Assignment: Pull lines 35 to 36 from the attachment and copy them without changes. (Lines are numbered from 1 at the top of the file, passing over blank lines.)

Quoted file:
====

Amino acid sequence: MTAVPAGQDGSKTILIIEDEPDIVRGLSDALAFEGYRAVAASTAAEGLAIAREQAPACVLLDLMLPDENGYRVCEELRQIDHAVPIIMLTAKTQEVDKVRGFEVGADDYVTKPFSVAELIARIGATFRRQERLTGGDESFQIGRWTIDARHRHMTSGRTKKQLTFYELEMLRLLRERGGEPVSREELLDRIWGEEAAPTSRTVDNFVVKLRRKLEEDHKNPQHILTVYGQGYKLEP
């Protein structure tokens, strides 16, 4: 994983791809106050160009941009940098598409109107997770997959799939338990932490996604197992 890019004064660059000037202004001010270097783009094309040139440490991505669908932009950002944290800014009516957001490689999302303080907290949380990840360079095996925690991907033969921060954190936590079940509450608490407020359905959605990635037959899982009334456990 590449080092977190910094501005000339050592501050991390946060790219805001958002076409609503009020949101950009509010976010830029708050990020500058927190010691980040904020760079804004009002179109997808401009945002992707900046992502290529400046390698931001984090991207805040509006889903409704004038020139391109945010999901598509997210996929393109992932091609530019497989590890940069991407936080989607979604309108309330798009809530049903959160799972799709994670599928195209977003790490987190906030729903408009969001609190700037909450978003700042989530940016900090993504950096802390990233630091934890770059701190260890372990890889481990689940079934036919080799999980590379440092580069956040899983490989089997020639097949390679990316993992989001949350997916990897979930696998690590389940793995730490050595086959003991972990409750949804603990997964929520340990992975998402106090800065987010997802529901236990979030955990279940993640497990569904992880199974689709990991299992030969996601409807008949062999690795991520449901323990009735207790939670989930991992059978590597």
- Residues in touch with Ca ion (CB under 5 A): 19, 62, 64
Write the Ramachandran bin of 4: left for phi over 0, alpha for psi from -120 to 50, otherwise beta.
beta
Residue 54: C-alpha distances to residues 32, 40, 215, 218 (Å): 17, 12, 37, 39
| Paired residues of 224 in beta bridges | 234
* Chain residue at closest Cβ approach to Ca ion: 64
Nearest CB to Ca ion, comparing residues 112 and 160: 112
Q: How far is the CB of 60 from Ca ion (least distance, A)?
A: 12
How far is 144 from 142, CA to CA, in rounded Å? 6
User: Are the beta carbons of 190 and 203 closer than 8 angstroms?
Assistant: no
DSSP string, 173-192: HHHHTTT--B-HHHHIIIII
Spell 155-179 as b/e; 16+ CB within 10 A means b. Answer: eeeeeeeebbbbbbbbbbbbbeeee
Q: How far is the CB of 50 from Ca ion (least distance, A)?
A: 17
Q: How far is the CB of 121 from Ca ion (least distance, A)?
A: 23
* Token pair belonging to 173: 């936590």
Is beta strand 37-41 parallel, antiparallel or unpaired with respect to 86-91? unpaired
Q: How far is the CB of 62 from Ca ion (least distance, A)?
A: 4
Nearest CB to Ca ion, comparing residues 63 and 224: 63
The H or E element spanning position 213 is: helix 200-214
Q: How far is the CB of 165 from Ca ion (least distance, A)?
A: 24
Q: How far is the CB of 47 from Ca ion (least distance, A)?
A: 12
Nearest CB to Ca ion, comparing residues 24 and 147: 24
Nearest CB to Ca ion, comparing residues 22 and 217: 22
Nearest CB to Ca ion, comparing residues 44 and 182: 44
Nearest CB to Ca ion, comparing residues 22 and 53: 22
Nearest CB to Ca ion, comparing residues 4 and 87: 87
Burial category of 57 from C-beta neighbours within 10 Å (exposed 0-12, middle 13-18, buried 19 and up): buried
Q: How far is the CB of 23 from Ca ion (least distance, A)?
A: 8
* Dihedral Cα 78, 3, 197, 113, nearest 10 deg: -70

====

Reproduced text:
Nearest CB to Ca ion, comparing residues 4 and 87: 87
Burial category of 57 from C-beta neighbours within 10 Å (exposed 0-12, middle 13-18, buried 19 and up): buried